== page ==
It’s hard to define “old”, but you know it when you see it, as in the guy with the grey hair in the car in front of you who is not going to make the left turn unless he has a mile of open space, so you yell, “Hey old man! Kick that pig!” Which he ignores…
That’s ageist. I know it. Even as I said it I knew it was ageist, but I still yelled it, but I regretted it, not because of that particular old goat, who needs to be a bit braver when it comes to left turns, but because of the way this guy, Old Bill, is treated at the office.
Old Bill is a sales guy in his mid-60s. He’s a decent salesman, and his numbers match anyone in the office, but he’s different from the rest of the crew…how, you ask? Mostly because of his out-of-date frame of reference. He talks about CHIPS like it’s still on TV, and he’ll tell you that the Stones are the greatest rock band ever, though most of the other guys grew up on Tears For Fears; he’s never been in a Chipotle, and vaping? It just confuses him. He talks about “gals”, and doesn’t like how baseball players wear long pants.
Well, one night I see him at the Crow’s Nest, my bar of choice, and he’s drinking a beer with a few other guys, all about his age. I panic–I came in there to have a beer and to interact with one other person–the bartender, and I certainly didn’t want to hang out with a bunch of coots, so I did a quick spin, with the intent of fleeing, but Old Bill saw me and called me over to the table.
Reluctantly, I went over. My brain went into overdrive trying to think up an excuse that I could toss out that wouldn’t feel too fake and free me from the agony of conversing with them, but nothing I concocted sounded anywhere near plausible, so I found myself having a Budweiser with Old Bill and his band of merry oldsters.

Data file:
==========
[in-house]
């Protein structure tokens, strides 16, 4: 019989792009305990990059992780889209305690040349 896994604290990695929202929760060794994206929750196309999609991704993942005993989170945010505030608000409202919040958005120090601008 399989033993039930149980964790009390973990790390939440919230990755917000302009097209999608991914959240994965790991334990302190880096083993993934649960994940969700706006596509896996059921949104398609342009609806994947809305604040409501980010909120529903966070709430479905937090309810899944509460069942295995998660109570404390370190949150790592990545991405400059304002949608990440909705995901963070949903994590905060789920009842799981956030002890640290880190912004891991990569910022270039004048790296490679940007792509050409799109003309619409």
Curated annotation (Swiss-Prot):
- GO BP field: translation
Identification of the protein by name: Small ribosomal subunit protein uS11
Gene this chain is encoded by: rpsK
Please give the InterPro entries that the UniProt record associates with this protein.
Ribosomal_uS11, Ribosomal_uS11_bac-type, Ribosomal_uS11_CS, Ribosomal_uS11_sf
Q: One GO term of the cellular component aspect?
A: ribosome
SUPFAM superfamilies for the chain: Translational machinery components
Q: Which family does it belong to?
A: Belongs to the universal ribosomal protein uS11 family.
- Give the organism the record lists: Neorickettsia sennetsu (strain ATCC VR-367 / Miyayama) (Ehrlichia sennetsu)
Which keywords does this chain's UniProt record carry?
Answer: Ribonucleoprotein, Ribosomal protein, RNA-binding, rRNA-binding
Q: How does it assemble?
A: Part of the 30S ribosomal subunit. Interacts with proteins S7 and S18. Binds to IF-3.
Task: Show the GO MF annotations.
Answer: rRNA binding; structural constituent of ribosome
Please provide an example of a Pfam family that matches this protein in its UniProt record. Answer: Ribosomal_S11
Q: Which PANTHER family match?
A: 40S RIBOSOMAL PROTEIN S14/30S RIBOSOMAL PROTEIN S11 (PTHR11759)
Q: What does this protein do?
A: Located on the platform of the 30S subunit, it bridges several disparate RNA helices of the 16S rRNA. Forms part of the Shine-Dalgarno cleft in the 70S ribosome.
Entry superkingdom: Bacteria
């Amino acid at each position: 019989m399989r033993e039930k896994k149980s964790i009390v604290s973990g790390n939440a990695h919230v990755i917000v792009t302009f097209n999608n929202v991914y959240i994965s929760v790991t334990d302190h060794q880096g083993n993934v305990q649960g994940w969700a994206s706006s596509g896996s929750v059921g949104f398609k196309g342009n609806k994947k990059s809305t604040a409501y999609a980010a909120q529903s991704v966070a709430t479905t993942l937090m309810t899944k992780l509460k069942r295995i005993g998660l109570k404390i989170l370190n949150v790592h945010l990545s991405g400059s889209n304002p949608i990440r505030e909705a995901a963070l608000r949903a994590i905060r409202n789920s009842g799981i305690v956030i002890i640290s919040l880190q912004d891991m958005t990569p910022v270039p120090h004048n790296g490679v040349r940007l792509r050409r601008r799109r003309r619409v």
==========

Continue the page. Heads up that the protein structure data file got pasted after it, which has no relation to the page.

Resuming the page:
Well, guess what? I sat there for nearly four hours. Those old dudes were funny, pithy, smart, reflective, intuitive, and just downright cool as shit. They did have an odd-wad frame of reference, but you know what? Everything old is new…they had seen more, experienced more, lived more than I–if I brought up Trump they could compare him to Nixon–because they’d been in college during Watergate. If I talked about the sustatinability of a Prius, they talked about the ’68 Malibu SS 396 that didn’t save a lick of gas but were more fun to drive. And sex? Oh, Lord, it was fun to watch Old Bill’s eyes light up while he recounted a romantic evening at the old Star-Lite Drive-In…
You have to see past the wrinkles, and the age spots, and the bifocals, because these guys are old, but they have LIVED–they’ve made every bonehead mistake possible, from idiotic financial mistakes to work miscues to romantic gaffes, and lived through it, and that makes them smart.
I decided that I wanted to tap into that knowledge. This is knowledge from the Gods.
You should as well…but you have to dig a little to get it.
This week you have to hang out with an older man. Not older like one year, or a guy who was a senior when you were a freshman, but a real senior–someone over 65 years old. It can be a random guy–I mean, you can go to the nearest retirement village, or down to the park where the old guys play backgammon–but if you can, do some research and try to find a man from whom you might learn something.
Like a guy who did your job but has retired. Or a successful businessman that your dad knows, or the crossing guard who wears a Vietnam Veterans hat.
And you can’t use your own father, or step-father, or anyone related to you.
And when you’ve reached out to the guy, make an effort to spend some real time with them. Do what THEY want to do. That’s important. Don’t foist your lifestyle on them. Dive into theirs. Maybe it’s the early bird dinner at Denny’s, or a round of golf, or canasta with the boys, or fishing, or off to the library, or just a sit down in the city park where they feed the pigeons.
PREPARE for the meeting. Write up some questions. Let them talk and LISTEN to them.
Then go back home and write down what you learned, if anything.
What’s your take? Comment below or write a response and submit to us your own point of view or reaction here at the red box, below, which links to our submissions portal.
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